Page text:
I had that dream again. The one with the stillborn babies. This time they were lined up on small brown mats - dozens of them lying identically and lifelessly on their sides. They aren't grotesque - they are beautiful and frail and delicate, curled into perfect balls. Sometimes there is one baby, other times - like last night, too many to count. 1 in every 160 births. 2,000 babies a day.
I've been having this dream since the day Harper arrived. The days before that it was of me and my sister, heavily pregnant in the forest. Waiting to give birth to death. But after she came, it has been the babies. Bones and ashes. Helpless little bodies. I don't spend my days dwelling on her, but the dreams still come.
I got to lay eyes on her just that once. On her graceful perfectly formed hand. The pearly shell fingernails. I couldn't help it. I bent down to the tiny casket, that was shorter than my shin bone, and pushed my face right in. Studying her hands and her face. The mind cannot comprehend a human so small. I had to get close to be sure she wasn't a doll. Her existence defies definition. She was never "alive". Yet you wouldn't dare think that, because she so obviously was. I memorized her hand, poking out from under her ribbon cuffed gown.
What can be done for these that I dream of? Featherless birds, perished from nothingness to nothingness? There is only one thing I can do - clothe them."
I wrote this in my dear diary on July 6th, two weeks after our niece Harper was stillborn. I had been haunted by these dreams ever since leaving Louisiana. Harper had been clothed for her photos and funeral by a non-profit called Threads of Love. They provided a beautiful gown and bonnet, as well as some memory items, to Wendy and Steve in the hospital. The gift touched them so much that they asked for memorial donations in Harper's name to be directed there. I read up on the international ministry, that has more than 100 chapters world wide, and found there wasn't one in Western NY. I'll have to change that, I thought to myself.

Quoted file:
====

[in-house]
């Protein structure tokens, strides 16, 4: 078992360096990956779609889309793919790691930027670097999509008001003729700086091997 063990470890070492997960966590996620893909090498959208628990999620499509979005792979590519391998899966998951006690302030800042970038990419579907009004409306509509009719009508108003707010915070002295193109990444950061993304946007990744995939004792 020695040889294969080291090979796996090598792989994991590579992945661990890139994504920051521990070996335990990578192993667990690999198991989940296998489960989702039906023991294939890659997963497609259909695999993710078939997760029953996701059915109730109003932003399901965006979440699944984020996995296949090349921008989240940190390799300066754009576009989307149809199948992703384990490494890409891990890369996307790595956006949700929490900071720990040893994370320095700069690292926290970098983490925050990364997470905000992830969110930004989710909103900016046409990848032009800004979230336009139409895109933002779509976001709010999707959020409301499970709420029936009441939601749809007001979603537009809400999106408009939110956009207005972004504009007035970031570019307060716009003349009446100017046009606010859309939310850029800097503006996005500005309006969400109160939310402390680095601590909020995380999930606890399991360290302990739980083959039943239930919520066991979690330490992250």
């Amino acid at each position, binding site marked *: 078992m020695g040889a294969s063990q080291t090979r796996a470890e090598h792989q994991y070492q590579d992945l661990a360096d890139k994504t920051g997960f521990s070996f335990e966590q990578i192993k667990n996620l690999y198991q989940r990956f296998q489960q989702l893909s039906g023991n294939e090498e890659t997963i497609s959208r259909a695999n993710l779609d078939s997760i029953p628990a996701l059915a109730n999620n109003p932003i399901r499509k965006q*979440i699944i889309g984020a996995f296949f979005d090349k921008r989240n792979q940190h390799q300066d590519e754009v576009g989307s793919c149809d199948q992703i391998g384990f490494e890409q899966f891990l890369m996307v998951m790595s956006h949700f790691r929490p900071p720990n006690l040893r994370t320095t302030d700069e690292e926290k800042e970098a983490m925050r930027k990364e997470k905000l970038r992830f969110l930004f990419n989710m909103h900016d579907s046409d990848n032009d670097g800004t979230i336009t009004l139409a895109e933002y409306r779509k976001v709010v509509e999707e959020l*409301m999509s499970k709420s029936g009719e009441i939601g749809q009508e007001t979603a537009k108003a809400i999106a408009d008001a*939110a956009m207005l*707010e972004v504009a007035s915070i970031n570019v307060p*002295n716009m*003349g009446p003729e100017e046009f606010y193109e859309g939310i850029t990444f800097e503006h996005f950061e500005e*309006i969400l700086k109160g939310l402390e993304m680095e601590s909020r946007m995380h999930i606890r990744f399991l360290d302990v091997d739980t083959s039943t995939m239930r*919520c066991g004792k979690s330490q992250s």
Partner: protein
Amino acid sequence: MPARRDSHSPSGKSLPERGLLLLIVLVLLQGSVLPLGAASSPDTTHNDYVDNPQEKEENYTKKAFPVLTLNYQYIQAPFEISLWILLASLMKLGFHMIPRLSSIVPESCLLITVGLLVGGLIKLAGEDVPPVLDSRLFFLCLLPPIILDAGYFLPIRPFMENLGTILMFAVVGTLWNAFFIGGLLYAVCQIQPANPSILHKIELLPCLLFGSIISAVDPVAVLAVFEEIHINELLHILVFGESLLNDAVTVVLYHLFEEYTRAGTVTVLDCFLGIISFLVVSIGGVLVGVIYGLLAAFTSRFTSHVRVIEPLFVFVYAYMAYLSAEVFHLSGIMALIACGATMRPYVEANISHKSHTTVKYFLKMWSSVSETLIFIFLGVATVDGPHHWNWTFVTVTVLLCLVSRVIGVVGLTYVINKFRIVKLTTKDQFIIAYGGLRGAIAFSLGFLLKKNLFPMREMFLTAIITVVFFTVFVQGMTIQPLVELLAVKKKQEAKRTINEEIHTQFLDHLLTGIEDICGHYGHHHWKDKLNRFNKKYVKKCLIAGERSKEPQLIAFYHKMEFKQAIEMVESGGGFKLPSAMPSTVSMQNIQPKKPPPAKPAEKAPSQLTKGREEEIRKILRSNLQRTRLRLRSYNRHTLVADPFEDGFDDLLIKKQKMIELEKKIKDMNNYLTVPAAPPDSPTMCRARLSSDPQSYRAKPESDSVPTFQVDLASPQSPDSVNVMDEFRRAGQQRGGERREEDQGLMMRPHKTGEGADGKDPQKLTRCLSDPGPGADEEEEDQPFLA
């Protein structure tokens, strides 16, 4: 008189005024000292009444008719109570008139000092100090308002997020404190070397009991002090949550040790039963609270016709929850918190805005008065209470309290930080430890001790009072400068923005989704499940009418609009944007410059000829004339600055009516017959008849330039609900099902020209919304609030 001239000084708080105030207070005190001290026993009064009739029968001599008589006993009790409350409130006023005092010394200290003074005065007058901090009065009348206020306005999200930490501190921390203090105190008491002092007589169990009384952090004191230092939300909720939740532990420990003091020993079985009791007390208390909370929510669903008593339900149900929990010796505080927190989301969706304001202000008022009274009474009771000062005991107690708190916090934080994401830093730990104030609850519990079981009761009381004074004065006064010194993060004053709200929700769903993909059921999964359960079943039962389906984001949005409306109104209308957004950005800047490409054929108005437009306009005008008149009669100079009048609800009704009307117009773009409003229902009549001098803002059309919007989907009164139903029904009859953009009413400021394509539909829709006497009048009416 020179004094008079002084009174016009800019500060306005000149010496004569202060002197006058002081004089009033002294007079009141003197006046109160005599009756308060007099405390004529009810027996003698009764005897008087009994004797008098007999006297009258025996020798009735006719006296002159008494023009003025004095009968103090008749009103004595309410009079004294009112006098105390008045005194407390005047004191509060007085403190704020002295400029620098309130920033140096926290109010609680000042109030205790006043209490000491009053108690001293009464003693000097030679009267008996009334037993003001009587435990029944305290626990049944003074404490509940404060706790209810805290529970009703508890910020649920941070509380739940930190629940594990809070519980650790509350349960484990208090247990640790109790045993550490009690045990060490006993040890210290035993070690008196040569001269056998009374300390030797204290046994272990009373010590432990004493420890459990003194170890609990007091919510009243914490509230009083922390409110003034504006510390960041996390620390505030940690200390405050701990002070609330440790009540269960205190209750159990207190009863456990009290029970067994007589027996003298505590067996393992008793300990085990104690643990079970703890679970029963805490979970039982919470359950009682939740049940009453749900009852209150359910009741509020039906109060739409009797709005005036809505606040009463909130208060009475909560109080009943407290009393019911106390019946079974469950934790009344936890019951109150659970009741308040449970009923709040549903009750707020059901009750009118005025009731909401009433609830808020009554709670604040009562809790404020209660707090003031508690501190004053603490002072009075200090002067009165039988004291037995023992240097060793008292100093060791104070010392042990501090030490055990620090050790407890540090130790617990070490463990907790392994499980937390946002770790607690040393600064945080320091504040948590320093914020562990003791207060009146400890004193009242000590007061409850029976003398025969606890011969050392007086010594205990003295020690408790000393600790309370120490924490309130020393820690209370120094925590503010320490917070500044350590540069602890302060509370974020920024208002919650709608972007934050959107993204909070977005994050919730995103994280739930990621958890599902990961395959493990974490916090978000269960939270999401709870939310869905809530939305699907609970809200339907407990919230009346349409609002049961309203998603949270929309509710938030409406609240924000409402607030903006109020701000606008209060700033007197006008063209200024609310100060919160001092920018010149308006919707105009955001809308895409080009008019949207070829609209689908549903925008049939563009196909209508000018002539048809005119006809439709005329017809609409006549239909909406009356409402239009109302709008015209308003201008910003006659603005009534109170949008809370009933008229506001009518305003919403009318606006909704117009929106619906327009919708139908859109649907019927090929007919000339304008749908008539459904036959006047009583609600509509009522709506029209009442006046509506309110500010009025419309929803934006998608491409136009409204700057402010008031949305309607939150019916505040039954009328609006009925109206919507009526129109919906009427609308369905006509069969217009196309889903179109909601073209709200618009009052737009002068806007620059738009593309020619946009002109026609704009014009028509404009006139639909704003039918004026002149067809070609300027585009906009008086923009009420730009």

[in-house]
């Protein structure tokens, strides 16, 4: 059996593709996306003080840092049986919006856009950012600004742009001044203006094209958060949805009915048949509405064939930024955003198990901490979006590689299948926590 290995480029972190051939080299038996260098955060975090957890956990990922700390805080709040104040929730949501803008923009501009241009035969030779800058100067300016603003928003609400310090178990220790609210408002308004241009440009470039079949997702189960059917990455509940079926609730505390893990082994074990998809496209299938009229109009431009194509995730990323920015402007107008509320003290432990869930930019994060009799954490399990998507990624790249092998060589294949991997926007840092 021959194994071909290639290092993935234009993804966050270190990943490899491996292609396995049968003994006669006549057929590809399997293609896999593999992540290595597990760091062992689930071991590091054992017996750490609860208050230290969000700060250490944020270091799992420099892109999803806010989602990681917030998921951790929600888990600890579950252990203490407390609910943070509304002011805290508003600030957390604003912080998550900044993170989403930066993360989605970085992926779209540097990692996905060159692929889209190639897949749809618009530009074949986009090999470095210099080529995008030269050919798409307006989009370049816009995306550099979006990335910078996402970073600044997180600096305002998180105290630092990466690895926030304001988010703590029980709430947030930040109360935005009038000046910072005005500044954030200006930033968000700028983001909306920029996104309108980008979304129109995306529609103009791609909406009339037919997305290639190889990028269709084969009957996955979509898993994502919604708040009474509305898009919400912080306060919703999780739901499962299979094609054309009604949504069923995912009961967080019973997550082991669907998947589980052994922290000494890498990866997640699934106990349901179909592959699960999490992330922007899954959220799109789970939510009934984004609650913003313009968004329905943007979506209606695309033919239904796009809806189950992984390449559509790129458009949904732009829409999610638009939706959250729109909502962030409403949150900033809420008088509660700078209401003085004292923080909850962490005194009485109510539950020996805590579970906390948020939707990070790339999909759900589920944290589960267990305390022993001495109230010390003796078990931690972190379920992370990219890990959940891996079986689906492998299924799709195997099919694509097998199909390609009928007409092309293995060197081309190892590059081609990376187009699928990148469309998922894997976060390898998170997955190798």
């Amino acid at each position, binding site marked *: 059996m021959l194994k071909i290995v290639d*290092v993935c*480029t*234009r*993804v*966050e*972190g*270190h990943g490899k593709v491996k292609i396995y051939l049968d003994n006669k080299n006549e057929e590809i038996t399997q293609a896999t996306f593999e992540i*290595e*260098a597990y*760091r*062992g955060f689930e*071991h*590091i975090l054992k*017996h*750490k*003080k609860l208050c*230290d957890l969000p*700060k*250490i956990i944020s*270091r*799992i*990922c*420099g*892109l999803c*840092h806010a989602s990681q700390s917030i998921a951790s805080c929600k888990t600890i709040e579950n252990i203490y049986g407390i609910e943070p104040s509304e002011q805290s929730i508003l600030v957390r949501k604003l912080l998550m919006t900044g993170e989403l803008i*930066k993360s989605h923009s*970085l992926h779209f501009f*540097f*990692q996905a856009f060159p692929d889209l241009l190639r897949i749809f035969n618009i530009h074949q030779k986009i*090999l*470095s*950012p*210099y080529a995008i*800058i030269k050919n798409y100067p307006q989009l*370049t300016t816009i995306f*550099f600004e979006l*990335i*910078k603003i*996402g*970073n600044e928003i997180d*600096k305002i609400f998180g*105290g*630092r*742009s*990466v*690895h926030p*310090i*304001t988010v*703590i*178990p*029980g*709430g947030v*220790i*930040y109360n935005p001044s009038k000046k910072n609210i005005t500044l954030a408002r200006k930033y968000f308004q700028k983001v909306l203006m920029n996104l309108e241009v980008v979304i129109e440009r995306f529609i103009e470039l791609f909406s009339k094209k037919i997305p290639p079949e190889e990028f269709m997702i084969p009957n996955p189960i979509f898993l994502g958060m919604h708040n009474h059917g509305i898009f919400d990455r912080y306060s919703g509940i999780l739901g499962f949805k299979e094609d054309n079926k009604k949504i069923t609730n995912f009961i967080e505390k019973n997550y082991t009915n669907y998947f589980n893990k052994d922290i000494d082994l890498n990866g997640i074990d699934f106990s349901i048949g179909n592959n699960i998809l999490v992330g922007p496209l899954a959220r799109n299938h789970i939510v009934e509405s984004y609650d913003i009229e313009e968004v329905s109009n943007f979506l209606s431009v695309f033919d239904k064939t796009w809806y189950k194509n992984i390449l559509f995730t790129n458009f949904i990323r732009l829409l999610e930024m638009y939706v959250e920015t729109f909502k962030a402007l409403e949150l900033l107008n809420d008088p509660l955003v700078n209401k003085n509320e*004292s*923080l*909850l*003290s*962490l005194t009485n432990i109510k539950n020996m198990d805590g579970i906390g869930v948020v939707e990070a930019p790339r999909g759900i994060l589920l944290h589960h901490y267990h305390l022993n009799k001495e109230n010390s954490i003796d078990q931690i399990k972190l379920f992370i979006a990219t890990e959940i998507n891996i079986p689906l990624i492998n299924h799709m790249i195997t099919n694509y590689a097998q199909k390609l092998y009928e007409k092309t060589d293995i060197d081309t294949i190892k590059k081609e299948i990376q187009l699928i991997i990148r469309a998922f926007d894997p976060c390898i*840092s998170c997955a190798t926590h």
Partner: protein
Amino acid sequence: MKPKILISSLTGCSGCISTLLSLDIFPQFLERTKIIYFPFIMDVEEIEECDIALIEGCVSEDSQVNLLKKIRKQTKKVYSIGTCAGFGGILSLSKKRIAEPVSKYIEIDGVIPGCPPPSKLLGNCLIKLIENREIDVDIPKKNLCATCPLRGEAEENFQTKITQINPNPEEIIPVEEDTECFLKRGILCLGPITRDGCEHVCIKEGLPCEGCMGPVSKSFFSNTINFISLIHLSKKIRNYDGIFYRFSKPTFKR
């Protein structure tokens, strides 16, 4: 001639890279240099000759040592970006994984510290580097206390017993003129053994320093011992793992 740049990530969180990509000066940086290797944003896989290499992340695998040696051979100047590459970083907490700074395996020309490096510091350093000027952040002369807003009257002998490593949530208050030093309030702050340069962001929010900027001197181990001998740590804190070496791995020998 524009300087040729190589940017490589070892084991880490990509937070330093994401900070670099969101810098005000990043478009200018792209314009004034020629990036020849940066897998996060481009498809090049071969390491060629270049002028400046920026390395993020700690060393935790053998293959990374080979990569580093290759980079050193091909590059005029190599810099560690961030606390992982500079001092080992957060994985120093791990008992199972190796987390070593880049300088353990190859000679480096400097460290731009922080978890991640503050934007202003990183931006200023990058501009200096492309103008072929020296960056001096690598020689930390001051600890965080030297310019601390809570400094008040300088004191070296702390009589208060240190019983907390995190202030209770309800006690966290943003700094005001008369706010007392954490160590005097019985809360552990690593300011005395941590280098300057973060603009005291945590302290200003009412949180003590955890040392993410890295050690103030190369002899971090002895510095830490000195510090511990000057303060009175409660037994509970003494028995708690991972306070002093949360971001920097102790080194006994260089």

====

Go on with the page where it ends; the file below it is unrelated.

And then I came home. And life goes on and you and I and everyone else is busy with the things that we are busy with. But the dreams were persistent. Every night it was - tiny babies, perished and unclothed. I wasn't frightened or tormented by them, they simply visited me very matter of fact in my sleep. One morning with the visions fresh on my mind, I put my to-do list aside, sat down, and sewed a tiny white gown. The bodice so small it fit within my palm. That afternoon I sent off an application to form a chapter of Threads of Love. The dreams never returned once I began to sew.
My family has, as I am sure millions of families around the world have, felt the burden of being able to do nothing to heal my sister and brother in law - to remove their pain, to somehow bring her back. But this is something that we do in her honor. It is a practical gift - a blanket, a memory envelope, a prayer, and a gown for a child too small to wear store bought clothes. It removes the painful task of shopping for a burial outfit. Gives these tiny humans the same dignity we give to others in death. But it's not about clothes. Not really. It is about God. It is about shared grief. It is about letting a devastated family know that somebody cares. God cares. We care. So along with my mother and best friend, we have created Harper's Legacy Threads of Love.
The goal of Harper's Legacy is to supply every hospital in Monroe County with a bereavement package for families who have lost a child due to miscarriage, stillbirth, or NICU death. This will take money and time. But I don't believe that God's plan for Harper ended when she was unable to take a breath. She has a legacy, as every person does. And this is a part of it. I hope you will take a few moments to visit our website. Share it with anyone and everyone you can. This will take an army of volunteer sewers, knitters and crocheters. It will take money and fabric and thread and time. And prayer - that Harper's Legacy reaches far beyond our family, and has no end.